donated to the non-profit corporation. WOW! This gives the family ownership and control over MORE
wealth than they had at the passing of the older generation!


The non-profit corporation may be used as the contingent beneficiary of a Charitable Remainder Trust
for life insurance purchased for an Irrevocable Life Insurance Trust to replace (tax-free) the money that
was given to the charity, using tax savings to pay for the premiums. We refer to this arrangement as the

“triple-whammy” because (1) you receive retirement funds as long as you and your spouse are living, at
a return of up to 10% per annum on your fund, (2) your family receives tax-free insurance proceeds, and
(3) your non-profit corporation receives funds that your family can donate to the charities that are close
to your heart.


This arrangement requires complex “legal surgery.” Before setting up such an arrangement for you,
we’ll want to schedule a “legal biopsy” to (1) review the legal documents you presently have in place;
(2) meet with you and your advisors in person or on a conference call to diagnose how, and if, to
integrate these structures into the holistic pattern of your entire estate. (No good surgeon will perform an
operation without a very thorough examination of the patient.) We can discuss further the mechanics of
this legal biopsy, and you can expect to receive (1) a legal architecture diagram of your recommended
estate plan, and (2) a coordination letter detailing what legal structures and moves your situation requires
to minimize confiscation taxes, maximize asset protection, and bring your family additional benefits.


THE “WIN-WIN-WIN” RESULTS FROM YOUR NON-PROFIT CORPORATION: DIRECT BENEFITS


Giving to your own non-profit corporation is actually a “win-win-win” situation for you, your charities,
and the government. The funds you put away in your non-profit corporation help solve social problems
that might otherwise have required government money, all without the expense of government
bureaucratic middlemen.


When you make a gift of cash to a non-profit corporation, you are gifting to a public charity, and you
qualify for charitable deductions up to 50% of your “adjusted gross income” (i.e. your taxable income).


For example, if you were going to be taxed on $50,000 of taxable income, after all other lawful
exclusions and deductions, you could gift up to $25,000 to your non-profit corporation and then deduct
the entire donation, thus reducing your taxable income to $25,000.


When you make a charitable gift of appreciated stock or appreciated land on which you would have paid
a capital gains tax (had you sold it), you may deduct this gift of appreciated property up to 30% of your
“adjusted gross income.”


If you exceed the charitable gifting limitations in any single year, however, you may carry these
charitable tax deductions forward into the next five years.


A second example: in late December, the time of year when clients are notified by their CPA of the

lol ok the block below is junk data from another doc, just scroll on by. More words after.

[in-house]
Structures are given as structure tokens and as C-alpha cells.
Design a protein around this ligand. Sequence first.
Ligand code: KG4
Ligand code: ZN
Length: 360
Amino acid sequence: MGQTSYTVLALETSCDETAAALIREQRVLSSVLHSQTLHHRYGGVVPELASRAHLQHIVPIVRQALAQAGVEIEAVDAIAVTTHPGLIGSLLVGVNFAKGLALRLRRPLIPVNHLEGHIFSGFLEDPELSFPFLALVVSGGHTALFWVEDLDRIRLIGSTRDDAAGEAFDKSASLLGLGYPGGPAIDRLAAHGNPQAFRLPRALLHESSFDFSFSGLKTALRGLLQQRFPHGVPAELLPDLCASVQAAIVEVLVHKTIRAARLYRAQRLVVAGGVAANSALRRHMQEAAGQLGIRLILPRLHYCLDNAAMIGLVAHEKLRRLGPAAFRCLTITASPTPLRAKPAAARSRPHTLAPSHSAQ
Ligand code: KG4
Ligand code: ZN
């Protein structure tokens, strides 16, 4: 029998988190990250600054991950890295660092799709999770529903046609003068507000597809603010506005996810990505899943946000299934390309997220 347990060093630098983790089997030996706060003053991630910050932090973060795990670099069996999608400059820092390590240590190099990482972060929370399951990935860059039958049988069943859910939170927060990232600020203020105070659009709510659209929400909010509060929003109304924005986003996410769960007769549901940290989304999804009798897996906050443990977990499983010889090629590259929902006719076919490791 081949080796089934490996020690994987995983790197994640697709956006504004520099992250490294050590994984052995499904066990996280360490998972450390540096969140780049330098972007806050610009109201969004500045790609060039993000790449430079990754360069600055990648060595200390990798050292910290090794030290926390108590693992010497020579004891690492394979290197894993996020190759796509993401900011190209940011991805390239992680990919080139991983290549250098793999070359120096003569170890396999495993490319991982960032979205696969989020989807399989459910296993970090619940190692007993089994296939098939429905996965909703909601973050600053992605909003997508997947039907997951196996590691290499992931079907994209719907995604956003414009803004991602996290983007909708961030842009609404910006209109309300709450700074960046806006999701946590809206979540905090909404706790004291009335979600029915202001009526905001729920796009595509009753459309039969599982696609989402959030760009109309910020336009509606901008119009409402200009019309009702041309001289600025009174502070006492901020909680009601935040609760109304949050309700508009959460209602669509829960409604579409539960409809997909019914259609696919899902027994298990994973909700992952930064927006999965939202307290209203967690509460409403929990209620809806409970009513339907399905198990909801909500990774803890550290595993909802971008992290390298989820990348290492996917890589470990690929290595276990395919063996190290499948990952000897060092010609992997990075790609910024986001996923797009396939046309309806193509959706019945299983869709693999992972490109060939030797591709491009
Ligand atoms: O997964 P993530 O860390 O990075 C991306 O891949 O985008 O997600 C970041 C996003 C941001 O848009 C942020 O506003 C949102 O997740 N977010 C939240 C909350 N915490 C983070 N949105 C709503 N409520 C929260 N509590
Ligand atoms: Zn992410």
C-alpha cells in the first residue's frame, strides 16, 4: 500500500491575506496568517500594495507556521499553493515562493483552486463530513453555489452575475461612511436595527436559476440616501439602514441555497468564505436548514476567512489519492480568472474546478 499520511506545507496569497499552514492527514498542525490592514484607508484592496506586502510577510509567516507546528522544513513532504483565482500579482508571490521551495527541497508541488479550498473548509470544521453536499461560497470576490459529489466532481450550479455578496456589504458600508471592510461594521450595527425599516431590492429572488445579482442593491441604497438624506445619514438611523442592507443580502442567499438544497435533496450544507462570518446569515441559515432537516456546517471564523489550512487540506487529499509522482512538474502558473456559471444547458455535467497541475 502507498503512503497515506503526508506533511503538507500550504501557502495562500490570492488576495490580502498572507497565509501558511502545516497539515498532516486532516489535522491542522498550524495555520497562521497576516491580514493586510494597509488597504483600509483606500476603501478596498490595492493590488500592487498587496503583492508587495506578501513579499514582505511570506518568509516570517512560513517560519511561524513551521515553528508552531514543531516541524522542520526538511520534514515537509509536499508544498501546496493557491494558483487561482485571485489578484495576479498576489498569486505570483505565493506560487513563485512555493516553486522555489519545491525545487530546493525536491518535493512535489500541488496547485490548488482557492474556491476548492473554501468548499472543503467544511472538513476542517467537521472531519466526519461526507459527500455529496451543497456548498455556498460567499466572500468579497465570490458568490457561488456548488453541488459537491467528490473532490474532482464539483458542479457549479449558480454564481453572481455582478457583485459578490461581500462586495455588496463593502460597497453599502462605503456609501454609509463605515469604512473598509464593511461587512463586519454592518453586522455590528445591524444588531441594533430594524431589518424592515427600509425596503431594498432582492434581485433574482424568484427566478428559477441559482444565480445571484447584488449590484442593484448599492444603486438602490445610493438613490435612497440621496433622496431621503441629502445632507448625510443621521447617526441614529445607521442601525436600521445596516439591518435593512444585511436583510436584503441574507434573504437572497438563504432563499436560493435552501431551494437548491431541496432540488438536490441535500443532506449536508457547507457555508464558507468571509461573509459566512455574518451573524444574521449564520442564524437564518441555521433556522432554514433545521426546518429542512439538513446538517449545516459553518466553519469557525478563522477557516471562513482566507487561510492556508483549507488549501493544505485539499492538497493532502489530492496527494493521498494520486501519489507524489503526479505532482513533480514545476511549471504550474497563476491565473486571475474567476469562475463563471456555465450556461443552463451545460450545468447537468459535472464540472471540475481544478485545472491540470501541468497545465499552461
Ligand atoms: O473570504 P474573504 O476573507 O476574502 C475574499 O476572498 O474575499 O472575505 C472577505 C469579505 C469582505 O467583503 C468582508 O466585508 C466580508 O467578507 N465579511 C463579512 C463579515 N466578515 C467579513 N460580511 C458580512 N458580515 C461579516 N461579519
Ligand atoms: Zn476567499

(sometimes) gloomy news about their likely “adjusted gross income” for the year, we suggest making
some quick charitable gifts, preferably non-cash gifts of appreciated property, into the non-profit
corporation to gain those additional charitable deductions.

If you instead gave $100,000 in cash, bonds or other income-producing or appreciated property to your non-profit corporation, the non-profit corporation could continue to invest and earn tax-free cash on your gift. In fact, the non-profit corporation could even sell the property you donated without incurring capital gains taxes and invest that money elsewhere. 

 

Assuming an average 10% return, the fund could earn $10,000 (or more) per year in tax-free cash. You, as the charitable advisor of your non-profit corporation, could then donate your yearly $10,000 to the charities of your choice…all tax-free.

 

Best of all, you would receive an up-front tax deduction of $100,000 that could be worth up to $50,000 cash to you in tax savings. This process of gifting enough income-producing property to finance your current level of charitable gifting is called Pre-Paid Tithing.

 

Example 3: The Remainder from Retirement Plans, Deferred Annuities, and Charitable Remainder Trusts

 

The non-profit corporation is the ideal contingent beneficiary of the retirement plans in large estates. When the participant spouses – husband and wife – both die, the loss to double taxes (estate tax and income tax) could be as high as 80%. If your retirement plan remainder is instead given to your non-profit corporation, 100% of the leftover funds end up in the non-profit corporation, under the supervision of your family, when husband and wife die.

 

A similar problem exists with deferred annuities. When the owner of a deferred annuity dies, there is a loss to double taxes unless the annuity is given to the non-profit corporation upon the owner’s death.

 

You may also use your non-profit corporation as the remainder beneficiary of your Charitable Remainder Trusts. Since the non-profit corporation is treated as a public foundation, all assets left in the Charitable Remainder Trust are transferred to the non-profit corporation upon the lifetime beneficiary’s death, and the family manages the funds in perpetuity.

 

Many families choose to use tax savings to buy Wealth Replacement Life Insurance to finance the policies in irrevocable trusts for children or grandchildren, to replace the insurance proceeds that are donated to the non-profit corporation. WOW! This gives the family ownership and control over MORE wealth than they had at the passing of the older generation!